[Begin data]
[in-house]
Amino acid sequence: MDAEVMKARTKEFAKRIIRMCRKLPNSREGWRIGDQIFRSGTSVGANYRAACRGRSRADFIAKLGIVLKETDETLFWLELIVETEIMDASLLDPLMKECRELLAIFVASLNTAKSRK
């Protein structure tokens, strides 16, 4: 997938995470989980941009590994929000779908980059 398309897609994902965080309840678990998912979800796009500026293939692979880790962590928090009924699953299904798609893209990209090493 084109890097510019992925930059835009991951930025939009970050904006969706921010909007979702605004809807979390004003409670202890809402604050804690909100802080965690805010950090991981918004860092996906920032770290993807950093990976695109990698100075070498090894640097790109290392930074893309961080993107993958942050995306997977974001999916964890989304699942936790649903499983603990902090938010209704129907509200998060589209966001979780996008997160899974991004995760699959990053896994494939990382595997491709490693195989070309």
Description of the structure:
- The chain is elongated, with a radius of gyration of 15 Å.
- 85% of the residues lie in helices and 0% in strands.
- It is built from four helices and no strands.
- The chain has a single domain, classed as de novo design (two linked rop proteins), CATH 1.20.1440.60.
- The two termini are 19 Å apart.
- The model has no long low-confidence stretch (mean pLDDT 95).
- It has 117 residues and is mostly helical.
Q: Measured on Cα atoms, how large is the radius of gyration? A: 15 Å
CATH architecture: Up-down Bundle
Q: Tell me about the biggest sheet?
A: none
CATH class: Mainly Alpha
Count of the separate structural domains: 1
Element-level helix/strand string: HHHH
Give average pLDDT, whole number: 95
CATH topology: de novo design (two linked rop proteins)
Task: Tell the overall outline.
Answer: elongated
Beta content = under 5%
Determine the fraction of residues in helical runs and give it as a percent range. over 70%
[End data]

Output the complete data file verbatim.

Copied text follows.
[in-house]
Amino acid sequence: MDAEVMKARTKEFAKRIIRMCRKLPNSREGWRIGDQIFRSGTSVGANYRAACRGRSRADFIAKLGIVLKETDETLFWLELIVETEIMDASLLDPLMKECRELLAIFVASLNTAKSRK
């Protein structure tokens, strides 16, 4: 997938995470989980941009590994929000779908980059 398309897609994902965080309840678990998912979800796009500026293939692979880790962590928090009924699953299904798609893209990209090493 084109890097510019992925930059835009991951930025939009970050904006969706921010909007979702605004809807979390004003409670202890809402604050804690909100802080965690805010950090991981918004860092996906920032770290993807950093990976695109990698100075070498090894640097790109290392930074893309961080993107993958942050995306997977974001999916964890989304699942936790649903499983603990902090938010209704129907509200998060589209966001979780996008997160899974991004995760699959990053896994494939990382595997491709490693195989070309």
Description of the structure:
- The chain is elongated, with a radius of gyration of 15 Å.
- 85% of the residues lie in helices and 0% in strands.
- It is built from four helices and no strands.
- The chain has a single domain, classed as de novo design (two linked rop proteins), CATH 1.20.1440.60.
- The two termini are 19 Å apart.
- The model has no long low-confidence stretch (mean pLDDT 95).
- It has 117 residues and is mostly helical.
Q: Measured on Cα atoms, how large is the radius of gyration? A: 15 Å
CATH architecture: Up-down Bundle
Q: Tell me about the biggest sheet?
A: none
CATH class: Mainly Alpha
Count of the separate structural domains: 1
Element-level helix/strand string: HHHH
Give average pLDDT, whole number: 95
CATH topology: de novo design (two linked rop proteins)
Task: Tell the overall outline.
Answer: elongated
Beta content = under 5%
Determine the fraction of residues in helical runs and give it as a percent range. over 70%